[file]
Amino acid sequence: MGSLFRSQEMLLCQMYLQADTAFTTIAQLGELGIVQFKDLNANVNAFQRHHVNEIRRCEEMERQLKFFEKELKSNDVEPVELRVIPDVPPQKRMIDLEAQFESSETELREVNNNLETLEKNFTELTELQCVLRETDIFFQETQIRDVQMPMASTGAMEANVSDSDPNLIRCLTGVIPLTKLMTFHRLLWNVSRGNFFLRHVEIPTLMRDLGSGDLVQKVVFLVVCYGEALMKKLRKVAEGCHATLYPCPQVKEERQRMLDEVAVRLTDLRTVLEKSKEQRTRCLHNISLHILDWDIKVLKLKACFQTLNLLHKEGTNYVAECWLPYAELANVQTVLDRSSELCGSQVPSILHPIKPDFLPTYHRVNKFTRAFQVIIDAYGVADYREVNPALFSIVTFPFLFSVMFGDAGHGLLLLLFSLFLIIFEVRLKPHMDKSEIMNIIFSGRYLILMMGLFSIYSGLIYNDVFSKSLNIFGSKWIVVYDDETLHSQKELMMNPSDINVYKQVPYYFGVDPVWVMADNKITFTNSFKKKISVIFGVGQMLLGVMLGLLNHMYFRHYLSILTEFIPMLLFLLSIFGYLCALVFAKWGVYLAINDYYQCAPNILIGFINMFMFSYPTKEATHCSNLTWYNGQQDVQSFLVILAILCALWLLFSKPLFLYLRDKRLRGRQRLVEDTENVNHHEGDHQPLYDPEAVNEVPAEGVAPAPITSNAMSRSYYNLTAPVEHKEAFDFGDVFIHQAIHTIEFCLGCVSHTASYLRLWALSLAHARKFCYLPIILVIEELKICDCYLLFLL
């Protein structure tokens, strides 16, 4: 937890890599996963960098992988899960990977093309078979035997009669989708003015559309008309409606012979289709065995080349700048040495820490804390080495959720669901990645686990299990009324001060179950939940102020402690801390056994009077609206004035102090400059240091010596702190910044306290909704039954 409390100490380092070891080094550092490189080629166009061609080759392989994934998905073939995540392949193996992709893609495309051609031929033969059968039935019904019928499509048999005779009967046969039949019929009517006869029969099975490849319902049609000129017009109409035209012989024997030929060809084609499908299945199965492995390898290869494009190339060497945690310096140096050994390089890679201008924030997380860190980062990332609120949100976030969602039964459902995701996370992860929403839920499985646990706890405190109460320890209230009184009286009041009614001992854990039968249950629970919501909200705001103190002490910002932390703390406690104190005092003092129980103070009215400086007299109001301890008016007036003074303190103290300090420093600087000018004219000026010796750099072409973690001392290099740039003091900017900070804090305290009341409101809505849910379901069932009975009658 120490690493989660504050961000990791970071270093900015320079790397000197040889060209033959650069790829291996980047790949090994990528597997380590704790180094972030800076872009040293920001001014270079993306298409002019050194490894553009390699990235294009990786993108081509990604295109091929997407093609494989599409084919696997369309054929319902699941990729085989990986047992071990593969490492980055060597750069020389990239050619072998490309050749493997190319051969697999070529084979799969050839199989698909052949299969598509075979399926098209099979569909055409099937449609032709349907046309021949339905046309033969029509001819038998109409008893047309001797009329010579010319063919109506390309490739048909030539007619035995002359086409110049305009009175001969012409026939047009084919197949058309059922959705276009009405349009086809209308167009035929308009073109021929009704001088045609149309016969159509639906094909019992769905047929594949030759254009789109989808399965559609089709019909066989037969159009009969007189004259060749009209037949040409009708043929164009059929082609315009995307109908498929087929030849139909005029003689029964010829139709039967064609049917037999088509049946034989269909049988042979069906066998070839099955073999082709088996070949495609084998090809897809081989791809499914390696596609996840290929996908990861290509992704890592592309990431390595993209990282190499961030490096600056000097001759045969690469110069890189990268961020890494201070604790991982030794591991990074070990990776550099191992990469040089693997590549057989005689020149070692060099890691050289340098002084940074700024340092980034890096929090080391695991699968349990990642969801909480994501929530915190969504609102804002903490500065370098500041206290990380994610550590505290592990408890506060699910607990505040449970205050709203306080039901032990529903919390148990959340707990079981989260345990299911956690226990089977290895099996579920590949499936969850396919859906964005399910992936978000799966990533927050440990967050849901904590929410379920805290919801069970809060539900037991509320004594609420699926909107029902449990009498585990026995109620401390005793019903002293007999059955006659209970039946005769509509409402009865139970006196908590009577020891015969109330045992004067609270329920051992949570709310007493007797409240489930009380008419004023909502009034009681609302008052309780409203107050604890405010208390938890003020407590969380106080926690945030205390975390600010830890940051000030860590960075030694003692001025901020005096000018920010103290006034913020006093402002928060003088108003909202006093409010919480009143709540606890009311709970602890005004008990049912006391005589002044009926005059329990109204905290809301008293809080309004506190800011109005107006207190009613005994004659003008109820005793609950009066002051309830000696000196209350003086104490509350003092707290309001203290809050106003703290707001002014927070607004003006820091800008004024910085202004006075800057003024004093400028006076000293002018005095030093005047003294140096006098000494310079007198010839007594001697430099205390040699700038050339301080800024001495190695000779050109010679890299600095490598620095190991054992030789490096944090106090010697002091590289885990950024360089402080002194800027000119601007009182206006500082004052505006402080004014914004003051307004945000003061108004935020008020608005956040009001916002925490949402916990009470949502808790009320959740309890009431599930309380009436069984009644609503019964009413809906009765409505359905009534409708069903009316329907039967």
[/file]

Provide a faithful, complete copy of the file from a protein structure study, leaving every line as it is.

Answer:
Amino acid sequence: MGSLFRSQEMLLCQMYLQADTAFTTIAQLGELGIVQFKDLNANVNAFQRHHVNEIRRCEEMERQLKFFEKELKSNDVEPVELRVIPDVPPQKRMIDLEAQFESSETELREVNNNLETLEKNFTELTELQCVLRETDIFFQETQIRDVQMPMASTGAMEANVSDSDPNLIRCLTGVIPLTKLMTFHRLLWNVSRGNFFLRHVEIPTLMRDLGSGDLVQKVVFLVVCYGEALMKKLRKVAEGCHATLYPCPQVKEERQRMLDEVAVRLTDLRTVLEKSKEQRTRCLHNISLHILDWDIKVLKLKACFQTLNLLHKEGTNYVAECWLPYAELANVQTVLDRSSELCGSQVPSILHPIKPDFLPTYHRVNKFTRAFQVIIDAYGVADYREVNPALFSIVTFPFLFSVMFGDAGHGLLLLLFSLFLIIFEVRLKPHMDKSEIMNIIFSGRYLILMMGLFSIYSGLIYNDVFSKSLNIFGSKWIVVYDDETLHSQKELMMNPSDINVYKQVPYYFGVDPVWVMADNKITFTNSFKKKISVIFGVGQMLLGVMLGLLNHMYFRHYLSILTEFIPMLLFLLSIFGYLCALVFAKWGVYLAINDYYQCAPNILIGFINMFMFSYPTKEATHCSNLTWYNGQQDVQSFLVILAILCALWLLFSKPLFLYLRDKRLRGRQRLVEDTENVNHHEGDHQPLYDPEAVNEVPAEGVAPAPITSNAMSRSYYNLTAPVEHKEAFDFGDVFIHQAIHTIEFCLGCVSHTASYLRLWALSLAHARKFCYLPIILVIEELKICDCYLLFLL
């Protein structure tokens, strides 16, 4: 937890890599996963960098992988899960990977093309078979035997009669989708003015559309008309409606012979289709065995080349700048040495820490804390080495959720669901990645686990299990009324001060179950939940102020402690801390056994009077609206004035102090400059240091010596702190910044306290909704039954 409390100490380092070891080094550092490189080629166009061609080759392989994934998905073939995540392949193996992709893609495309051609031929033969059968039935019904019928499509048999005779009967046969039949019929009517006869029969099975490849319902049609000129017009109409035209012989024997030929060809084609499908299945199965492995390898290869494009190339060497945690310096140096050994390089890679201008924030997380860190980062990332609120949100976030969602039964459902995701996370992860929403839920499985646990706890405190109460320890209230009184009286009041009614001992854990039968249950629970919501909200705001103190002490910002932390703390406690104190005092003092129980103070009215400086007299109001301890008016007036003074303190103290300090420093600087000018004219000026010796750099072409973690001392290099740039003091900017900070804090305290009341409101809505849910379901069932009975009658 120490690493989660504050961000990791970071270093900015320079790397000197040889060209033959650069790829291996980047790949090994990528597997380590704790180094972030800076872009040293920001001014270079993306298409002019050194490894553009390699990235294009990786993108081509990604295109091929997407093609494989599409084919696997369309054929319902699941990729085989990986047992071990593969490492980055060597750069020389990239050619072998490309050749493997190319051969697999070529084979799969050839199989698909052949299969598509075979399926098209099979569909055409099937449609032709349907046309021949339905046309033969029509001819038998109409008893047309001797009329010579010319063919109506390309490739048909030539007619035995002359086409110049305009009175001969012409026939047009084919197949058309059922959705276009009405349009086809209308167009035929308009073109021929009704001088045609149309016969159509639906094909019992769905047929594949030759254009789109989808399965559609089709019909066989037969159009009969007189004259060749009209037949040409009708043929164009059929082609315009995307109908498929087929030849139909005029003689029964010829139709039967064609049917037999088509049946034989269909049988042979069906066998070839099955073999082709088996070949495609084998090809897809081989791809499914390696596609996840290929996908990861290509992704890592592309990431390595993209990282190499961030490096600056000097001759045969690469110069890189990268961020890494201070604790991982030794591991990074070990990776550099191992990469040089693997590549057989005689020149070692060099890691050289340098002084940074700024340092980034890096929090080391695991699968349990990642969801909480994501929530915190969504609102804002903490500065370098500041206290990380994610550590505290592990408890506060699910607990505040449970205050709203306080039901032990529903919390148990959340707990079981989260345990299911956690226990089977290895099996579920590949499936969850396919859906964005399910992936978000799966990533927050440990967050849901904590929410379920805290919801069970809060539900037991509320004594609420699926909107029902449990009498585990026995109620401390005793019903002293007999059955006659209970039946005769509509409402009865139970006196908590009577020891015969109330045992004067609270329920051992949570709310007493007797409240489930009380008419004023909502009034009681609302008052309780409203107050604890405010208390938890003020407590969380106080926690945030205390975390600010830890940051000030860590960075030694003692001025901020005096000018920010103290006034913020006093402002928060003088108003909202006093409010919480009143709540606890009311709970602890005004008990049912006391005589002044009926005059329990109204905290809301008293809080309004506190800011109005107006207190009613005994004659003008109820005793609950009066002051309830000696000196209350003086104490509350003092707290309001203290809050106003703290707001002014927070607004003006820091800008004024910085202004006075800057003024004093400028006076000293002018005095030093005047003294140096006098000494310079007198010839007594001697430099205390040699700038050339301080800024001495190695000779050109010679890299600095490598620095190991054992030789490096944090106090010697002091590289885990950024360089402080002194800027000119601007009182206006500082004052505006402080004014914004003051307004945000003061108004935020008020608005956040009001916002925490949402916990009470949502808790009320959740309890009431599930309380009436069984009644609503019964009413809906009765409505359905009534409708069903009316329907039967």